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A couple of years ago, when we went on our organised tour of China, one of our visits was to Xian and the Terracotta Army site. In addition to the obvious attractions of the Terracotta Warriors and the excavations the site also has a number of pavilions offering various insights into the Chinese way of life. One of these was the Tea Pavilion.
Towards the end of our day's visit, there was nothing we fancied more than a nice cup of tea. The Chinese, however, don't do things by halves. The Tea Pavilion is a celebration of all of the various styles of Chinese Teas, from White through Green to Black, and probably all shades in between as well.
I have to confess I'm not a huge fan of Green Teas: the smell always seems to have a laundry odour to it! Black Teas, however, I love, although they are usually quite radically different from the typical sort of Black Teas we enjoy here in the West, such as English Breakfast.
We sampled a few of what they had on offer from a list of around two dozen. One of these stood out head and shoulders above the rest, in my opinion. I knew nothing about it other than it was an Oolong, or semi-fermented tea and so strictly speaking isn't a black tea as such, Oolong being a unique category all of its own. It was curiously named Wuyi Da Hong Pao! I was given a brief history of this tea but it wasn't until I got back to the UK that I found out more about it.
Apparently it is considered the King of Teas. The Wuyi bit refers to the Wuyi Mountains where the original four bushes were found, clinging to a rocky cliff face. I understand that three of these four bushes still survive to this day. Because of its rarity, leaves from these bushes are strictly controlled and sell for an absolute fortune. Naturally you can assume that the tea I drank was not part of any of these batches!
It appears that cuttings from these original bushes have been propagated elsewhere and the tea that is generally available by this name comes from these propagated bushes. Although genetically identical to the originals, clearly the difference in growing conditions, especially the soil, will, as with grapes, not be the same as the originals although I'm sure that attempts have been made to keep them as close in taste as possible.
The Da Hong Pao bit apparently means Big Red Robe and refers, so I understand, to cloth that was sent by a grateful Emperor, to whom the tea had been sent, to protect the bushes against the severest elements.
Wuyi Da Hong Pao has a simply wonderful taste: sweetish even without the addition of any sugar and, to be honest, it really doesn't need it, and with a taste that I can only compare to digestive biscuits. I know, that seems a strange comparison to make but it's the thing that immediately come to mind, or at least that's what my tongue tells me.
I usually make it in one of those tea ball infusers that split in half when the handle is squeezed. It holds just enough to make several cups of tea. The benefit of Wuyi Da Hong Pao is that you don't have to throw away the tea leaves after just one cup: the leaves will make at least four or five cups without loosing any strength, even if left on a saucer to drain a bit between brews.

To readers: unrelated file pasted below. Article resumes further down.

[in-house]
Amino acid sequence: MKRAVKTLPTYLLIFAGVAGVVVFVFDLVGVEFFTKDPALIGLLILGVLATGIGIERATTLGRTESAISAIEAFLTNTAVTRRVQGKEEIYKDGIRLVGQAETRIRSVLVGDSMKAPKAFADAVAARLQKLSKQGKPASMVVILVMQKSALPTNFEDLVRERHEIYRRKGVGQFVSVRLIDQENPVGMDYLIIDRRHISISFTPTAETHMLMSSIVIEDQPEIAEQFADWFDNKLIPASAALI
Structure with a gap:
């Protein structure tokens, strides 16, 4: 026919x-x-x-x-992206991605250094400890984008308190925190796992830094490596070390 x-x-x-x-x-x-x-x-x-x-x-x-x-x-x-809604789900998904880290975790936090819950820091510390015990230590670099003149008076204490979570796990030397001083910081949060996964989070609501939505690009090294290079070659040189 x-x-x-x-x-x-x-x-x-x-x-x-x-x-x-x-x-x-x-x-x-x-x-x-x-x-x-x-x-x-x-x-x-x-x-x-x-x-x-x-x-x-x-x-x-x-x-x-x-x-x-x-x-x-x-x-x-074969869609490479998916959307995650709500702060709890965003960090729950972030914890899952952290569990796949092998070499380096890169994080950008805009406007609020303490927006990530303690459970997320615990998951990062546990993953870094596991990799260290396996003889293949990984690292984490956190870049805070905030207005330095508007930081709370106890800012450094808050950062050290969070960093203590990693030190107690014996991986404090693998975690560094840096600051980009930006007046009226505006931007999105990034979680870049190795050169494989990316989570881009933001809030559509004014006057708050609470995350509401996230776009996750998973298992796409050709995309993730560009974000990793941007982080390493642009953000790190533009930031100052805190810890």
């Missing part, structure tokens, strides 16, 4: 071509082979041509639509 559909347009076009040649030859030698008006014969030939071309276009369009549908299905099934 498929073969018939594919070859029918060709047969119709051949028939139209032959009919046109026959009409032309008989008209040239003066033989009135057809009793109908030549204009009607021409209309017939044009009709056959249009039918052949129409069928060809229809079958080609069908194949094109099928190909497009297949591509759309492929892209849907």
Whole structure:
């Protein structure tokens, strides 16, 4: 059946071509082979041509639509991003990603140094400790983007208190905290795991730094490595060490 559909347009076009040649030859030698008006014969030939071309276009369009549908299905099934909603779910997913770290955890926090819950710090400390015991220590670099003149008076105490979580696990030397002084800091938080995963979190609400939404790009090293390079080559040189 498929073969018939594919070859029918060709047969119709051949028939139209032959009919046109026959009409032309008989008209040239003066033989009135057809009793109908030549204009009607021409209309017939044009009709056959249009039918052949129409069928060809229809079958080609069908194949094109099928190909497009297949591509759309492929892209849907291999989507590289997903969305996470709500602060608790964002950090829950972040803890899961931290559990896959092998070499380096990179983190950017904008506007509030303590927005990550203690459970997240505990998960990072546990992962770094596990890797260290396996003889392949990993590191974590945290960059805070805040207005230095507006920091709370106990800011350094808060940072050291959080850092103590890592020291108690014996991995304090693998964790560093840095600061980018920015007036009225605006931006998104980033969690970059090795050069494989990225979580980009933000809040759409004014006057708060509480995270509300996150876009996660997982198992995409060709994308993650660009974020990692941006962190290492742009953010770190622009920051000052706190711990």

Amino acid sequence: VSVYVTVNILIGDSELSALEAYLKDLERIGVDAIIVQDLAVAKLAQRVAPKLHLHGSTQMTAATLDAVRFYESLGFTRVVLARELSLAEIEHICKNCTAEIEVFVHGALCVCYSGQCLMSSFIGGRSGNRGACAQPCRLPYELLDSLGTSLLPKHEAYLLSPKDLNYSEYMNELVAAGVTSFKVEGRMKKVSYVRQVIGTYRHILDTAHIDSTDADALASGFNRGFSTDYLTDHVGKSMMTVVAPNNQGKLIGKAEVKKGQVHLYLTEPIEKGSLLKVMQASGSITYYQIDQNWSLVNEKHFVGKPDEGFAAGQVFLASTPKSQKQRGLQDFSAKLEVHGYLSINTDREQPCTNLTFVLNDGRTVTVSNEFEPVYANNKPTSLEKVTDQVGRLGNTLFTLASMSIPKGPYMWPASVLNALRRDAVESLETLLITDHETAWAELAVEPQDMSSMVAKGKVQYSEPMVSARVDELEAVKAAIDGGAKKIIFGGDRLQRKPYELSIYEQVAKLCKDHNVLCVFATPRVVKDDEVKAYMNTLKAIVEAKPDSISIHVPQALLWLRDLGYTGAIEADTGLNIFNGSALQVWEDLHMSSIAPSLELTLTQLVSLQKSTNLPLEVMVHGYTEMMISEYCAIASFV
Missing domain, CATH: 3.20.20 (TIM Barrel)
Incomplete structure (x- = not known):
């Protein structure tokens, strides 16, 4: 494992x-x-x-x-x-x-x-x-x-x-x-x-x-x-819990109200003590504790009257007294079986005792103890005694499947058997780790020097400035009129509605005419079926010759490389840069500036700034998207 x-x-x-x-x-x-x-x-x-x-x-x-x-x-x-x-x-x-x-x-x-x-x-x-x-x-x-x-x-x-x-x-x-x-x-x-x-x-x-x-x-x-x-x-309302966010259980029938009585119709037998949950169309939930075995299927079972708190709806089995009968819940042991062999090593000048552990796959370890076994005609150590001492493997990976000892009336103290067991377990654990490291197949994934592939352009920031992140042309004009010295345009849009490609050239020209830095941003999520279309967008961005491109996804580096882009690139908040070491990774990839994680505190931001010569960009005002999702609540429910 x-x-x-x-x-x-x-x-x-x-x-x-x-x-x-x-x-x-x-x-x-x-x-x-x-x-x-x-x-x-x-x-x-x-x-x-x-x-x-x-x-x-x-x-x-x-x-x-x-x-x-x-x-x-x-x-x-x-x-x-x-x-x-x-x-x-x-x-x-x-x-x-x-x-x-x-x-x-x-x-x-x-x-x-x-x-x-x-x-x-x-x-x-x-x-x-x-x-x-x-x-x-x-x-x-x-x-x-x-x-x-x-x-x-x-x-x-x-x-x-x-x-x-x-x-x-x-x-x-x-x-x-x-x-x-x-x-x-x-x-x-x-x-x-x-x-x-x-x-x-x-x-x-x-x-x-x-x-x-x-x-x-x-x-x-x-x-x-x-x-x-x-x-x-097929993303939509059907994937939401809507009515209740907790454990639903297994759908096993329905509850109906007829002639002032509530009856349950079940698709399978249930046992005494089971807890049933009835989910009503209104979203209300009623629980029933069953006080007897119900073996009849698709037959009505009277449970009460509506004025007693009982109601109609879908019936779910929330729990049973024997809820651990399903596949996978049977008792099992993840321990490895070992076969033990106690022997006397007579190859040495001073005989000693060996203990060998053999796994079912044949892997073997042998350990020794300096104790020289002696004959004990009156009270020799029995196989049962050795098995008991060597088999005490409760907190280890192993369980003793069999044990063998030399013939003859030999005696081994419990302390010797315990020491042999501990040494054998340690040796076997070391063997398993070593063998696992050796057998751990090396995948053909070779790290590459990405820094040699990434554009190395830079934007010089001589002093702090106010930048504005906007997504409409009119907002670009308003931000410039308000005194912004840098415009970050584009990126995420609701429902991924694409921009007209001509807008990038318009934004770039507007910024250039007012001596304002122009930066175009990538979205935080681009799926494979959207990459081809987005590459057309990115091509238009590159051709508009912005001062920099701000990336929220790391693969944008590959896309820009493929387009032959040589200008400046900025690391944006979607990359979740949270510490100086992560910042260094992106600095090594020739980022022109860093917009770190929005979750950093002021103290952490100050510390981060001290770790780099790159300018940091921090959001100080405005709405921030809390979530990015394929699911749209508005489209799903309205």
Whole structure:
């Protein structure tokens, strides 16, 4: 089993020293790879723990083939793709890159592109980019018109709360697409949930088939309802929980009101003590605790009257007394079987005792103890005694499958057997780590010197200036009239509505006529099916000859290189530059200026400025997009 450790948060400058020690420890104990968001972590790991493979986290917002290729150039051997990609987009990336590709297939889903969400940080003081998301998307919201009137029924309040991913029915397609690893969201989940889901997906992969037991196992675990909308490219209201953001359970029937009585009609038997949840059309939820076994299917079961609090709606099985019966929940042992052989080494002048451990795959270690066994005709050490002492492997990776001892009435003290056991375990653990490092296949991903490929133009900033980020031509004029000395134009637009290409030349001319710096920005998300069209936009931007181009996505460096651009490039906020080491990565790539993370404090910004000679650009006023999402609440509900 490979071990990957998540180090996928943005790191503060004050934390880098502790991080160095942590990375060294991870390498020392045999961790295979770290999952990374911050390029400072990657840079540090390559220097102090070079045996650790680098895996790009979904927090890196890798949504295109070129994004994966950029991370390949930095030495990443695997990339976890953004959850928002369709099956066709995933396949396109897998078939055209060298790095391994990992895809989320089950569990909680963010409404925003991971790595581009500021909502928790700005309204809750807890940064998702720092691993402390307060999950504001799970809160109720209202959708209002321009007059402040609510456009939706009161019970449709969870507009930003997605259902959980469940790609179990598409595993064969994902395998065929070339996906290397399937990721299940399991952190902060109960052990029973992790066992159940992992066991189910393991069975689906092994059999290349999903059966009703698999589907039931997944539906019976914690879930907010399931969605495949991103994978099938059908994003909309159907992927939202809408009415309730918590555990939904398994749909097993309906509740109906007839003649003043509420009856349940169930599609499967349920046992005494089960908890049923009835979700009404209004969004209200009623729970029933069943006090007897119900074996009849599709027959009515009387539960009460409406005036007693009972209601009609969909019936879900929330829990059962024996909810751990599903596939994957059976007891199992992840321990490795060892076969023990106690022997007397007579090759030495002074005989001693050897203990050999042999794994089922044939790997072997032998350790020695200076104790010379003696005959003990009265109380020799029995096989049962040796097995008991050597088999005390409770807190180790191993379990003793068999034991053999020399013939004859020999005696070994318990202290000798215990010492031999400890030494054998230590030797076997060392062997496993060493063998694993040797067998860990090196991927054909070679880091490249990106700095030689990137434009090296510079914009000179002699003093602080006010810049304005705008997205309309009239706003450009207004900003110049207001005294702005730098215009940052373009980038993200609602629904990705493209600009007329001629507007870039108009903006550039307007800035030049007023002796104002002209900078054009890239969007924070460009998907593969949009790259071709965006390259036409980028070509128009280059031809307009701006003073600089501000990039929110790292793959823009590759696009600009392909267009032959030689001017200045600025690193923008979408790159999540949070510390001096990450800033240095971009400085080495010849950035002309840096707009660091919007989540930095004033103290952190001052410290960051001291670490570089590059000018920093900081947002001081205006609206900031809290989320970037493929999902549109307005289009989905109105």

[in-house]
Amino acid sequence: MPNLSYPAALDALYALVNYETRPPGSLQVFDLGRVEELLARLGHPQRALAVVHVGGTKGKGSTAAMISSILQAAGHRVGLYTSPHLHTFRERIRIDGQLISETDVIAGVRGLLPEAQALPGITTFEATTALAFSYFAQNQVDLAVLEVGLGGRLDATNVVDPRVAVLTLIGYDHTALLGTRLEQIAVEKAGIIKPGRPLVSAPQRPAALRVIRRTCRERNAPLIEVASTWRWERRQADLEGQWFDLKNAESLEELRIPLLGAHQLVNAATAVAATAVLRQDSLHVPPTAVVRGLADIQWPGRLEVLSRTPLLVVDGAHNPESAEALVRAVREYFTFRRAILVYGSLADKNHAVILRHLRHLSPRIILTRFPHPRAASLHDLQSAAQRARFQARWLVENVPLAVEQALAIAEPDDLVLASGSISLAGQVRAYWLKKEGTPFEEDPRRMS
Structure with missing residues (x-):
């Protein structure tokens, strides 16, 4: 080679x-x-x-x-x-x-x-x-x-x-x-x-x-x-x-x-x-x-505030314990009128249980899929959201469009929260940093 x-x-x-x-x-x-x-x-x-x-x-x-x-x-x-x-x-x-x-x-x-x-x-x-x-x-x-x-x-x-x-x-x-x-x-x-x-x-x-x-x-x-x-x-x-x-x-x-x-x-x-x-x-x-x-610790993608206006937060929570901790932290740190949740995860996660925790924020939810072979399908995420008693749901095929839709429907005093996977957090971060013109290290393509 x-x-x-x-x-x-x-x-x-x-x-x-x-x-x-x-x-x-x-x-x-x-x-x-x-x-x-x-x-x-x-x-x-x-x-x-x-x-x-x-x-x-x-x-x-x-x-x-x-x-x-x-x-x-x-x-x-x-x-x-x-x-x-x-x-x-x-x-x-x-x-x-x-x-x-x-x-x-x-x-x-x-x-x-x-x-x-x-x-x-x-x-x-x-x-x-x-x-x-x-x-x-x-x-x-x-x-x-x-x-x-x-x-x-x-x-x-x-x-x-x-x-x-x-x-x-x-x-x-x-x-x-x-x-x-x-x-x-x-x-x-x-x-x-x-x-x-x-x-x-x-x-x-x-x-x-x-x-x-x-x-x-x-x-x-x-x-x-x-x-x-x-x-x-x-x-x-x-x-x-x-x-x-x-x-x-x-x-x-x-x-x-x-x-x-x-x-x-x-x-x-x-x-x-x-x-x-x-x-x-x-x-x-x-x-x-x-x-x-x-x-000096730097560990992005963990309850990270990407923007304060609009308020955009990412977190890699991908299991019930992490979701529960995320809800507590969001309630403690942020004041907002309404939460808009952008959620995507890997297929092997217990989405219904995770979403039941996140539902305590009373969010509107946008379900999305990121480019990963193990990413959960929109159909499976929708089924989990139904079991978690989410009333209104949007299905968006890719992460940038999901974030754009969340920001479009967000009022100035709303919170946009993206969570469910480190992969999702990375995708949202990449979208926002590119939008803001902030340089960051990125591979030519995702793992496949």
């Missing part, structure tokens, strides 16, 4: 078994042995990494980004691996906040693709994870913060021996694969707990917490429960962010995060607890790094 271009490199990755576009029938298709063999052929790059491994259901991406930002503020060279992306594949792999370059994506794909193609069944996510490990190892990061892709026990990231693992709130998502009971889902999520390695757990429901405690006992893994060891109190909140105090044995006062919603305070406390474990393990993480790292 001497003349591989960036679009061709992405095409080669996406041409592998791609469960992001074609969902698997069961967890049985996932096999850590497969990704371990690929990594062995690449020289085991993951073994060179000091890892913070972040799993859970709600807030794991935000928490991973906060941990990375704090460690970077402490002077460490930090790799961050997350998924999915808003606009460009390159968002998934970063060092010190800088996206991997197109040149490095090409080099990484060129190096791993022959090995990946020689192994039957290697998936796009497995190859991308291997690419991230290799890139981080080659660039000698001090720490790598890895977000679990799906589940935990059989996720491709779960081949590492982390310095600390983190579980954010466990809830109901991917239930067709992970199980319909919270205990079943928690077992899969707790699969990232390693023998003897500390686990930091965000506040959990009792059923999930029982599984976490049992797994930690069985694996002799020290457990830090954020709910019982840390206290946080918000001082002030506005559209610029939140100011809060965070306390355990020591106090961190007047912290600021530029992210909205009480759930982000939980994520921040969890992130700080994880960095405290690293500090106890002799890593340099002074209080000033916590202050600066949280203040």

The tub of tea we bought in China contained about 100gms and cost us about £12, which was probably expensive by Chinese standards. No doubt we could have got it cheaper if we had sought it out in a market rather than buy it at a prime tourist attraction. I have since seen it advertised on one UK website at £16 for 100gms so I suppose we didn't do too badly.
Wuyi Da Hong Pao is probably not an everyday tea but one for those special occasions. I still have some left from China. Kept in an air-tight tube it doesn't seem to deteriorate so I suspect I may be enjoying it for some time before I have to buy some more.
Personali-tea? Tesco Organic Tea Bags.
~ Tea ~
So, what do we know about tea? Does it have any Personali-tea or not? I suspect most of us have some ideas about it but not a great deal. For example, I know of the Boston Tea Party events that took place in December 1773. I know that Tea Bags often have the left over tea - the dust if you like - left once loose tea leaves have been produced.
I wasn't aware for a while it was Tetley's in the UK who produced the first commercial tea bags as a direct result of rationing of WW2.
Nor did I realize there are more than just Black and Green Teas until hunting for some information about it. You can add oolong tea and white tea to the list.
But I still enjoy a cup of tea, whether from a tea bag or made from loose tea. And to be honest my preferred choice is Earl Grey, which I drink most of the time, but just occasionally I just want a 'normal' cup of tea!
Our preferred choice is also Typhoo or Tetley's, and we needed some tea bags when I was shopping earlier this week and unfortunately the local Tesco's is only a smaller Metro Store and they had run out of the 80 bag variety of both we usually buy. Because I tend to also drink Earl Grey, we don't buy more than 80 at a time of regular tea because it does go stale.